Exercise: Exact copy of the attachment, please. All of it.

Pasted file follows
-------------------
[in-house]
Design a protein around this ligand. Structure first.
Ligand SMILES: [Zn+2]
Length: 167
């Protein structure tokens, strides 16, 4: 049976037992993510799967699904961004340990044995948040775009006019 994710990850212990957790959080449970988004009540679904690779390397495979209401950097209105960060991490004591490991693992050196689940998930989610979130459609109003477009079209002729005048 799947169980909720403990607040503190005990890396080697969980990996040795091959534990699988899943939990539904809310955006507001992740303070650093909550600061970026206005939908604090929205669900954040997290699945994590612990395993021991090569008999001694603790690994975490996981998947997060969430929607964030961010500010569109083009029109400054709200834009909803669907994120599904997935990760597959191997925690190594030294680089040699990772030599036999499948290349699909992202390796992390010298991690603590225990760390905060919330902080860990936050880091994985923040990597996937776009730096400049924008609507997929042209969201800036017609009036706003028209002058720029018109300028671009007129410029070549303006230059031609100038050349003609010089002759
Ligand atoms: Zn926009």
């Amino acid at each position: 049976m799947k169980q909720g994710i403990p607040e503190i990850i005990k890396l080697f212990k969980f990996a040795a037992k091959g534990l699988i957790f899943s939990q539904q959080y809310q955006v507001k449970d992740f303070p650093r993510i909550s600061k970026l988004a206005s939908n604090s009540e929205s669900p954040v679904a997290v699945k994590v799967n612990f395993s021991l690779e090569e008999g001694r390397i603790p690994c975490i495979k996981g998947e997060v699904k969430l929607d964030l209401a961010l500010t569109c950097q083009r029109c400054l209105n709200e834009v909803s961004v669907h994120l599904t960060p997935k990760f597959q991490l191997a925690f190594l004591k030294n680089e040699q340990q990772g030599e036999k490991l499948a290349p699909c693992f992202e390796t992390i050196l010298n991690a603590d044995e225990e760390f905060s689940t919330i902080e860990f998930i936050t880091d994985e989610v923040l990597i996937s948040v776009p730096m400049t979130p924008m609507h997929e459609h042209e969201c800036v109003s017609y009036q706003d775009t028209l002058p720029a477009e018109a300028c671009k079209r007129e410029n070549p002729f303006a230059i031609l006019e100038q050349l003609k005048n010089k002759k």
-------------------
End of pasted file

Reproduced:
[in-house]
Design a protein around this ligand. Structure first.
Ligand SMILES: [Zn+2]
Length: 167
């Protein structure tokens, strides 16, 4: 049976037992993510799967699904961004340990044995948040775009006019 994710990850212990957790959080449970988004009540679904690779390397495979209401950097209105960060991490004591490991693992050196689940998930989610979130459609109003477009079209002729005048 799947169980909720403990607040503190005990890396080697969980990996040795091959534990699988899943939990539904809310955006507001992740303070650093909550600061970026206005939908604090929205669900954040997290699945994590612990395993021991090569008999001694603790690994975490996981998947997060969430929607964030961010500010569109083009029109400054709200834009909803669907994120599904997935990760597959191997925690190594030294680089040699990772030599036999499948290349699909992202390796992390010298991690603590225990760390905060919330902080860990936050880091994985923040990597996937776009730096400049924008609507997929042209969201800036017609009036706003028209002058720029018109300028671009007129410029070549303006230059031609100038050349003609010089002759
Ligand atoms: Zn926009």
């Amino acid at each position: 049976m799947k169980q909720g994710i403990p607040e503190i990850i005990k890396l080697f212990k969980f990996a040795a037992k091959g534990l699988i957790f899943s939990q539904q959080y809310q955006v507001k449970d992740f303070p650093r993510i909550s600061k970026l988004a206005s939908n604090s009540e929205s669900p954040v679904a997290v699945k994590v799967n612990f395993s021991l690779e090569e008999g001694r390397i603790p690994c975490i495979k996981g998947e997060v699904k969430l929607d964030l209401a961010l500010t569109c950097q083009r029109c400054l209105n709200e834009v909803s961004v669907h994120l599904t960060p997935k990760f597959q991490l191997a925690f190594l004591k030294n680089e040699q340990q990772g030599e036999k490991l499948a290349p699909c693992f992202e390796t992390i050196l010298n991690a603590d044995e225990e760390f905060s689940t919330i902080e860990f998930i936050t880091d994985e989610v923040l990597i996937s948040v776009p730096m400049t979130p924008m609507h997929e459609h042209e969201c800036v109003s017609y009036q706003d775009t028209l002058p720029a477009e018109a300028c671009k079209r007129e410029n070549p002729f303006a230059i031609l006019e100038q050349l003609k005048n010089k002759k």